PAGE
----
Myanmar Bishops Urged Toward Interreligious Dialogue

Cross Is a Reality for Burmese Christians, John Paul II Says

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VATICAN CITY, NOV. 19, 2001 ( John Paul II urged a visiting delegation of bishops from Myanmar to promote interreligious dialogue, even as he recognized that their beleaguered flock «lives close to the cross of the Savior.»

The military junta that governs the country, also known as Burma, «officially promotes interreligious dialogue, but in practice it is co-responsible for the violence and discrimination suffered by the religious minorities, especially the Christian and Muslim,» says the «2000 Report on Religious Liberty,» published by Aid to the Church in Need.

Christians and Muslims have serious difficulties in obtaining permits to construct buildings for worship, and to print or import translations of sacred texts, the report states.

The report also reveals that organizations of the Karen and Karenni ethnic groups have denounced the kidnapping of women, some of whom are Christians, who have been forced to become Buddhist nuns.

Myanmar has almost 42 million inhabitants, 87% of whom are Buddhists; 5.6% Christians; 3.6% Muslims; 1.1% animists; and 1% Hindus. Catholics number 560,000.

The situation of Christians is doubly difficult since they have few pastors. In the mid-1960s the government expelled virtually all missionaries and nationalized schools and hospitals.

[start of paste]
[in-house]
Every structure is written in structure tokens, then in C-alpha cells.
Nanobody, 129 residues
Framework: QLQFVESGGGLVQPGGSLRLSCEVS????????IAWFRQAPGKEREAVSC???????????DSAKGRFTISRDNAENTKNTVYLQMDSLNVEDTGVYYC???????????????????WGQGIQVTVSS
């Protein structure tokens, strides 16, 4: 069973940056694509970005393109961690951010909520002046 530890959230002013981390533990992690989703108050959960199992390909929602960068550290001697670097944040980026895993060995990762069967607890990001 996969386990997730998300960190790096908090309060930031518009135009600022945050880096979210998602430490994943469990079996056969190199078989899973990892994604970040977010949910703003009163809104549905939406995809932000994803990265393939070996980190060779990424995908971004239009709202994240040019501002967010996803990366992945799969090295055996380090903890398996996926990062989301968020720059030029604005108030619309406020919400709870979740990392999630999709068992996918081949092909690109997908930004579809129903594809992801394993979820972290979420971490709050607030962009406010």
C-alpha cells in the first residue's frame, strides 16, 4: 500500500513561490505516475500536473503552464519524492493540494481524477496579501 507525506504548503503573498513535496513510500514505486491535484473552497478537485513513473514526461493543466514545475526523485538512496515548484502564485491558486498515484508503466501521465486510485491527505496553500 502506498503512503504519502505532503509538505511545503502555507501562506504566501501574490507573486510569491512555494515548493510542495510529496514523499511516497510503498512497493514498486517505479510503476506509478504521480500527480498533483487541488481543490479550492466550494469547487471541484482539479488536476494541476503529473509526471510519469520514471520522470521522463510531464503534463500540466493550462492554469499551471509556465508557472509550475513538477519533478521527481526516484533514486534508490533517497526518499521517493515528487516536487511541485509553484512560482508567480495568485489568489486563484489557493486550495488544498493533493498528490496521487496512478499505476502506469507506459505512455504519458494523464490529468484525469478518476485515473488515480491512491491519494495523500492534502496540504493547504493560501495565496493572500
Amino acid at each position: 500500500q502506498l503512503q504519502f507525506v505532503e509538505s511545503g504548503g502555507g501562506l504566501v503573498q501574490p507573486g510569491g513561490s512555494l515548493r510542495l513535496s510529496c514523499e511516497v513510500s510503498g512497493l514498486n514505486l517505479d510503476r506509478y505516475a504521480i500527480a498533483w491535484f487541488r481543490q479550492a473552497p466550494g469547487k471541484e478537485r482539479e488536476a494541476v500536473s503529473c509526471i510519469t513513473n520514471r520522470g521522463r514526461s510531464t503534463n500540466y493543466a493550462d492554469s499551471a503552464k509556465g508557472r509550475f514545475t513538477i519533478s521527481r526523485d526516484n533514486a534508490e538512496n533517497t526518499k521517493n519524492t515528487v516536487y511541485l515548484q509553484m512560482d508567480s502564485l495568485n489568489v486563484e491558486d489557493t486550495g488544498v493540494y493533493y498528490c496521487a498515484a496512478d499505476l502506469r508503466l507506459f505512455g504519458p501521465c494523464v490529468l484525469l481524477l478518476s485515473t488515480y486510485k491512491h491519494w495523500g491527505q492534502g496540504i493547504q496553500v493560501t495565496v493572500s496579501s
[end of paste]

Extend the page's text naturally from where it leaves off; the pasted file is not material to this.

In his farewell address to the bishops Saturday, who were in Rome for their «ad limina» visit, John Paul II said, «Myanmar is a land where the Church in her early years knew martyrdom, and still today lives close to the cross of the Savior.»

«The cross is the source of our hope and certainty: For every grace that enlightens and strengthens human hearts flows from the wounded side of the crucified Lord,» the Pope added.

Among the difficulties facing Catholics and many Burmese are «widespread poverty, despite the abundant resources of the land, and limits placed on fundamental rights and freedoms,» the Holy Father said.

«These problems are in many ways aggravated by isolation, which is all the more harmful when interaction between peoples and between nations is increasing and growing more complex by the day,» he added.

«In this situation, the Church´s pastors must be all the more concerned to remain close to their people, and lead them in the path of the Gospel,» the Pope emphasized.

John Paul II told the bishops that on the face of Christ «we see both the greatness of divine love and the greatness of human dignity.»

«In contemplating the face of Christ, you and your people will find the strength to live the humility, poverty and even solitude of your situation not as a burden but as an evangelical virtue, uplifting and freeing,» the Pope continued.

He encouraged Burmese Catholics «to promote that interreligious dialogue, which is so important at a time when relations between peoples of different cultures and traditions are subjected to great stress.»

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